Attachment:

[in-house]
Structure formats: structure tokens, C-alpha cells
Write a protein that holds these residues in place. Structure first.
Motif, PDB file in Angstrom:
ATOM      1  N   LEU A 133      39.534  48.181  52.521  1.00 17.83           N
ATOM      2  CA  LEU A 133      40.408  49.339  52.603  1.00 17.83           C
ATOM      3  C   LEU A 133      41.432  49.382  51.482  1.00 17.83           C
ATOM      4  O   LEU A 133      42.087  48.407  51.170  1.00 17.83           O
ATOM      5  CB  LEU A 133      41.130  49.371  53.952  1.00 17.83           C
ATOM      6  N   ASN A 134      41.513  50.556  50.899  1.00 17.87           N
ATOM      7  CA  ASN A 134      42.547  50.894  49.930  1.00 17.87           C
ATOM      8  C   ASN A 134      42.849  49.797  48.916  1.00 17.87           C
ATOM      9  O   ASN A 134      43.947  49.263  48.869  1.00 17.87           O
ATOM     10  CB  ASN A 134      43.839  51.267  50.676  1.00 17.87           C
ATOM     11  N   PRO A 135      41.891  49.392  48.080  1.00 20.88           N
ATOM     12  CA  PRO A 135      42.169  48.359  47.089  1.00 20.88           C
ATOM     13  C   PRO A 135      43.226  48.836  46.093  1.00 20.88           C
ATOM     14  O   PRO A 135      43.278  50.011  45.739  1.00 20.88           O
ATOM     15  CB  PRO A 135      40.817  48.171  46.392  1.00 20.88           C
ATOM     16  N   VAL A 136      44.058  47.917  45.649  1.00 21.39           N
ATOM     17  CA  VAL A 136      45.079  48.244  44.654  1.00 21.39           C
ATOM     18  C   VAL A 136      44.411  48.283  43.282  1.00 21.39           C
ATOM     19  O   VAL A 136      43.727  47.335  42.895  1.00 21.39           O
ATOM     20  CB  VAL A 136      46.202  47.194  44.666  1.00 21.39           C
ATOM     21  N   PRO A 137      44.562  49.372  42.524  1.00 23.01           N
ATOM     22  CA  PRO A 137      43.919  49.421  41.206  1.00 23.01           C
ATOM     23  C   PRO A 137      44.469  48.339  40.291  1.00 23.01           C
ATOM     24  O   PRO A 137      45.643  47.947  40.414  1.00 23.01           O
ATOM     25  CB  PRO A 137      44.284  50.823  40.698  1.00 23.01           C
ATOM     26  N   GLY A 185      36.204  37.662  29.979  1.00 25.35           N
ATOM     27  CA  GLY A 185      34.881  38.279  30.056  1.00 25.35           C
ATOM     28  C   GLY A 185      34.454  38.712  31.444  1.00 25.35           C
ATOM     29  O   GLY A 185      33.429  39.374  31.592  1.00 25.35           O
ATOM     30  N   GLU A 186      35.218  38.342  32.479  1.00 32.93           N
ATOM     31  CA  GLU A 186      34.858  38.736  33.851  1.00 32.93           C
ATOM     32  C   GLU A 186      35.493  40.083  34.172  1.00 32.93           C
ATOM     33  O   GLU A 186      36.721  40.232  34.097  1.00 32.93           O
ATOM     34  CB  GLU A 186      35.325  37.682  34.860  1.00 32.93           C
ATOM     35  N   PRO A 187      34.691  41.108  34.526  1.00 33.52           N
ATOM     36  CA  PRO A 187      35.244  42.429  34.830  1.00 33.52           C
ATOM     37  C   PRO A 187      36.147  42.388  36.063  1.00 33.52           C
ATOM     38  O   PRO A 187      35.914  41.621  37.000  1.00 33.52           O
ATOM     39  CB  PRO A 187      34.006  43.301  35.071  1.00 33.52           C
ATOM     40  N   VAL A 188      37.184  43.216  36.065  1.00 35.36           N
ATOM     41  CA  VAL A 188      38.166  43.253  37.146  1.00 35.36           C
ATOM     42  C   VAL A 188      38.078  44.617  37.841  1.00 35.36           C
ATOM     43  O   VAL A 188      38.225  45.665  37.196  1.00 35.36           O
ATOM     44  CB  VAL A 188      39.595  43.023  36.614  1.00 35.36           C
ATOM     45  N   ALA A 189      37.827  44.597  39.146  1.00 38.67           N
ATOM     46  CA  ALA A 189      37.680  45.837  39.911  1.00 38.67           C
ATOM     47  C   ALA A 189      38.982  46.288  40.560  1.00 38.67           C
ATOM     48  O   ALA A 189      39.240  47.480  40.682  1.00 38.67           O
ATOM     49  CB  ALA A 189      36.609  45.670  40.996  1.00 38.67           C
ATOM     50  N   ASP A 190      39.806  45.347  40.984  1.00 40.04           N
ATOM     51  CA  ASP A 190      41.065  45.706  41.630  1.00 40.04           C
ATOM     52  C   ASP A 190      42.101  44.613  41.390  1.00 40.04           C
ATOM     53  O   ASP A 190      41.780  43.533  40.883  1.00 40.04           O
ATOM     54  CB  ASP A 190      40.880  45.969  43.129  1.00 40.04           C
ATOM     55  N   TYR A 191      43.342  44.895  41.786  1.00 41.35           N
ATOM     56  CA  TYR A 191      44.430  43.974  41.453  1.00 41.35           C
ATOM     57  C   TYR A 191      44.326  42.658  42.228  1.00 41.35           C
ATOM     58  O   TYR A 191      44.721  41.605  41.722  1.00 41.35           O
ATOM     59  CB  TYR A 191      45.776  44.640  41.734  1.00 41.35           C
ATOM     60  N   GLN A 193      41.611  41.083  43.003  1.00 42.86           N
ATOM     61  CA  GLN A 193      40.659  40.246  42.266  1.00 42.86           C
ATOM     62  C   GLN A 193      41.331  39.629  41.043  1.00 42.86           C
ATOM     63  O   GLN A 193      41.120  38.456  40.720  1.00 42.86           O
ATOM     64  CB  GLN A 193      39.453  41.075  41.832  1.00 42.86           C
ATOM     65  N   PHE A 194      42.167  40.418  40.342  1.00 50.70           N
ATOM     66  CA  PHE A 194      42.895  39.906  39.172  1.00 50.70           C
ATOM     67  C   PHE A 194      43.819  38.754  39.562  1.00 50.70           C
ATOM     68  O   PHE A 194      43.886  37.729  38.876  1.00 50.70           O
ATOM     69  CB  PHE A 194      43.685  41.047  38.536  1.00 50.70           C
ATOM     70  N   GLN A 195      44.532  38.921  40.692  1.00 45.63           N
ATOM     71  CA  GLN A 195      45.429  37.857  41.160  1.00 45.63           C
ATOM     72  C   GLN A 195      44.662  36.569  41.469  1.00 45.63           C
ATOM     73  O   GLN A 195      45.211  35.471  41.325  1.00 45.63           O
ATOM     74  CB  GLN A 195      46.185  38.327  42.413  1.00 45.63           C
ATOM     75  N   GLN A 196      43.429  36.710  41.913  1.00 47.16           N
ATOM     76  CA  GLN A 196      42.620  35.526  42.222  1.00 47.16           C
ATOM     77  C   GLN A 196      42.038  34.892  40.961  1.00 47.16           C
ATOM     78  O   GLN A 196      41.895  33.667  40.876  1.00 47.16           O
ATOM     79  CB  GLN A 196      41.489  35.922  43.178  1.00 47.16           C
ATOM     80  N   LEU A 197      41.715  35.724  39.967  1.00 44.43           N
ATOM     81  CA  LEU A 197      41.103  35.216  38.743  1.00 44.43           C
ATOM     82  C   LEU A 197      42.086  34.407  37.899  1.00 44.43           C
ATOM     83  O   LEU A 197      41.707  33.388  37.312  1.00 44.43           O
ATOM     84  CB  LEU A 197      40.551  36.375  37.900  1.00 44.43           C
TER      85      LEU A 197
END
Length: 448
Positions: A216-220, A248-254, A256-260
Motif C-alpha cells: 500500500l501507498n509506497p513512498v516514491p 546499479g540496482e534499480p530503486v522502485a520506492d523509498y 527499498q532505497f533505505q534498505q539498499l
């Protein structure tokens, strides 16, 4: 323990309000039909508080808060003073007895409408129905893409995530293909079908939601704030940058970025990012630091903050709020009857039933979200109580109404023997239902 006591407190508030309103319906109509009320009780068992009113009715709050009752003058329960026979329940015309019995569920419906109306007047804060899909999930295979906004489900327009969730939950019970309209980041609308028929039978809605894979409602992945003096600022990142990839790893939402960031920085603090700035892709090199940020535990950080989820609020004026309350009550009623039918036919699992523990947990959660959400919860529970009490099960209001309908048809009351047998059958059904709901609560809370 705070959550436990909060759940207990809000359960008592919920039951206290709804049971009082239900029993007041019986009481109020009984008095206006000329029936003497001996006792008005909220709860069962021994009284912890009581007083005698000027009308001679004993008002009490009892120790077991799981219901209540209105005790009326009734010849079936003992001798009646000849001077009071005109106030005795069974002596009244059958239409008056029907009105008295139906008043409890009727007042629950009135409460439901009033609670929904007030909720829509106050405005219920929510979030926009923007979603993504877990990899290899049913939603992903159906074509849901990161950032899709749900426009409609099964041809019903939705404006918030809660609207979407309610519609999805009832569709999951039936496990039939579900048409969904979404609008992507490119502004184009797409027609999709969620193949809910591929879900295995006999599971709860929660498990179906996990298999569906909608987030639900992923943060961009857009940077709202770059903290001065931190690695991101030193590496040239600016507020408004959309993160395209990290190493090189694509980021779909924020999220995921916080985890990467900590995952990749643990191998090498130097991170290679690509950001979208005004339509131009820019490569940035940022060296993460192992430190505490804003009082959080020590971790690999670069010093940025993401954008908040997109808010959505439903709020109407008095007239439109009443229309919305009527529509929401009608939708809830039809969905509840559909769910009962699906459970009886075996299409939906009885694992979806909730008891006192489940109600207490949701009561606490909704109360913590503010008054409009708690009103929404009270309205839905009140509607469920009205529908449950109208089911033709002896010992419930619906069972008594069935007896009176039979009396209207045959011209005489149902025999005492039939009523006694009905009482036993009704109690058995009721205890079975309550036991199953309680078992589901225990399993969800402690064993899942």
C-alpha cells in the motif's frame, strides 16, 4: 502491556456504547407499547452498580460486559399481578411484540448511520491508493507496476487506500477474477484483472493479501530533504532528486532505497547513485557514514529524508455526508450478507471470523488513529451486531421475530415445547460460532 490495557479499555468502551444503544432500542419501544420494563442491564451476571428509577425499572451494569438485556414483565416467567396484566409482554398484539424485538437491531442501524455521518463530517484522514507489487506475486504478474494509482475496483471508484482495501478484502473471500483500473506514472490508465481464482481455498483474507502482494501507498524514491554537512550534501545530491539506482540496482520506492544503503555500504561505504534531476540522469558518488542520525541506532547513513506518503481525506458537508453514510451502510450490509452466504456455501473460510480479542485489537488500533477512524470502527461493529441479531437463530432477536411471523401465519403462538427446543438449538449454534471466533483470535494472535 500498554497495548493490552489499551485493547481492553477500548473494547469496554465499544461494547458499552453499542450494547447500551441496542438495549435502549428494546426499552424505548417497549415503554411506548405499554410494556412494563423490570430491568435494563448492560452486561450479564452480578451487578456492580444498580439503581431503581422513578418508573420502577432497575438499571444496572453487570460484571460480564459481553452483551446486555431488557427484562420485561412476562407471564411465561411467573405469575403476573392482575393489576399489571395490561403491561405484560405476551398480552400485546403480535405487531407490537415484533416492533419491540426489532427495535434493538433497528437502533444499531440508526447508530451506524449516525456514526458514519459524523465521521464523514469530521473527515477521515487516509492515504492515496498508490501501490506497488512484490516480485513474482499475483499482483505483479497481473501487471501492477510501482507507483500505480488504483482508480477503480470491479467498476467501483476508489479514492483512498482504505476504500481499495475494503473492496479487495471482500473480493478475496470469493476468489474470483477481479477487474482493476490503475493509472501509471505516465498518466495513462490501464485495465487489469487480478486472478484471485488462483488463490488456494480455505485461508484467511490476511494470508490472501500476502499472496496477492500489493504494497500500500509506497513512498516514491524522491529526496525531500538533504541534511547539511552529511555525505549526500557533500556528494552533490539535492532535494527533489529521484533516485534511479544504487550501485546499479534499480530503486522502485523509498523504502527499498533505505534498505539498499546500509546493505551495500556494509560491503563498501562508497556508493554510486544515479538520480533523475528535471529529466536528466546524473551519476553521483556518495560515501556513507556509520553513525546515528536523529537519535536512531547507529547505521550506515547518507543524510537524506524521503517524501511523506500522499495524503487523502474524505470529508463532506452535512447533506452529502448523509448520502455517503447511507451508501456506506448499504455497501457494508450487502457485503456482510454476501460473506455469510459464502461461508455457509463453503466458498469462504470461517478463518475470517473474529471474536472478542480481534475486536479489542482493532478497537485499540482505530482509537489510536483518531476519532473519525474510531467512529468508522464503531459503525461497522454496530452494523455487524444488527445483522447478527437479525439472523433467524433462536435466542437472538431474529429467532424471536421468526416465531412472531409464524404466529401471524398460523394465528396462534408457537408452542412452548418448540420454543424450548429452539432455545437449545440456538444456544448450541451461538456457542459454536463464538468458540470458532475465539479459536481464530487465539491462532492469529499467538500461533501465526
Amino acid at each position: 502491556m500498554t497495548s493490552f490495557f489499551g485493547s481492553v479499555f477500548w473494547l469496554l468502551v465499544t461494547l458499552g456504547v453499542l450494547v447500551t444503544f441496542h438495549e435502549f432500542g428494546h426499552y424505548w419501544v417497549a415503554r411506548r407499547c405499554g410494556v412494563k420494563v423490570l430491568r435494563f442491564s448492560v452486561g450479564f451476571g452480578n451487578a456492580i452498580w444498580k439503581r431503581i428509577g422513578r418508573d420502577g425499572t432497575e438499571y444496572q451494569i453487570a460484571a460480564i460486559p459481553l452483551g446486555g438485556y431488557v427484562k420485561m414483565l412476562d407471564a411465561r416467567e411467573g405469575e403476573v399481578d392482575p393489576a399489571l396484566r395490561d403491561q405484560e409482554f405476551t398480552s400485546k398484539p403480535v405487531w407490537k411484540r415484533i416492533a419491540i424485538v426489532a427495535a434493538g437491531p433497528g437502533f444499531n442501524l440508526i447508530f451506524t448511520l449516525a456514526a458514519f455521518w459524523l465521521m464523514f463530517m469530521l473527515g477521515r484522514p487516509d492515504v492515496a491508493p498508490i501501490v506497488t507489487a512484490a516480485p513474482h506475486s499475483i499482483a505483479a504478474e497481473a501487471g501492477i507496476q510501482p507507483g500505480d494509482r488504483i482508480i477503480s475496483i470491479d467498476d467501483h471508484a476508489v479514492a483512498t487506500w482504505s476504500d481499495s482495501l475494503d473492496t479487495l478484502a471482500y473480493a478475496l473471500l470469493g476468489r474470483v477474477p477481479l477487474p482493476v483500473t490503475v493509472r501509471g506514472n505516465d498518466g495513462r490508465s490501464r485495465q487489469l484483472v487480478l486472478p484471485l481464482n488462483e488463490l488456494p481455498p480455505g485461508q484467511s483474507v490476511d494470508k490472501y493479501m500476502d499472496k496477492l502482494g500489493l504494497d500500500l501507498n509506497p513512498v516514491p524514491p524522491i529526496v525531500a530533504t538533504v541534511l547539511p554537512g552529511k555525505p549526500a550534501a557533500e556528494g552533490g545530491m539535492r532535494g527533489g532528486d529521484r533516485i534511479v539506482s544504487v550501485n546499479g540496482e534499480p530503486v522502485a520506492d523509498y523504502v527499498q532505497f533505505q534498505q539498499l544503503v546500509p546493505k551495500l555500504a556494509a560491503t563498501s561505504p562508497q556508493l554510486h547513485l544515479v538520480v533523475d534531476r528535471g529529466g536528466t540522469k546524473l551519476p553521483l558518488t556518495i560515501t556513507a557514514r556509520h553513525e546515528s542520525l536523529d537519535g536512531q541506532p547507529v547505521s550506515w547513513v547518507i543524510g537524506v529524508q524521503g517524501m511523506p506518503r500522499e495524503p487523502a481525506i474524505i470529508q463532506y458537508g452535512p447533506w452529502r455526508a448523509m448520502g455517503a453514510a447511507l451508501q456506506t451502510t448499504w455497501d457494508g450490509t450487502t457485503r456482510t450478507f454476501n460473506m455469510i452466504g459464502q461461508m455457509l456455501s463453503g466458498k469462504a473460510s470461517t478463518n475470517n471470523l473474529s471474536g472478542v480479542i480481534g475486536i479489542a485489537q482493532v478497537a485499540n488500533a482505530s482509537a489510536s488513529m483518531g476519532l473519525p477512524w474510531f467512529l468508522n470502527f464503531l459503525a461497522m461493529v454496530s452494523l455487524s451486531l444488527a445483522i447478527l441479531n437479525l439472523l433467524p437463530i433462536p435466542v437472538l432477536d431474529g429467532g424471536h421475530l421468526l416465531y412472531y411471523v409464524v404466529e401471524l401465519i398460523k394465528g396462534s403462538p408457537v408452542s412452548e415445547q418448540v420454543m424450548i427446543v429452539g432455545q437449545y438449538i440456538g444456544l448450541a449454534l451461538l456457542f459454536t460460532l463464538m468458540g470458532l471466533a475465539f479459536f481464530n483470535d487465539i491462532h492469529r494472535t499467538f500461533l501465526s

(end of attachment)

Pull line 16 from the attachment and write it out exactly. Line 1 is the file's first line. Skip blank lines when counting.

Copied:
ATOM     12  CA  PRO A 135      42.169  48.359  47.089  1.00 20.88           C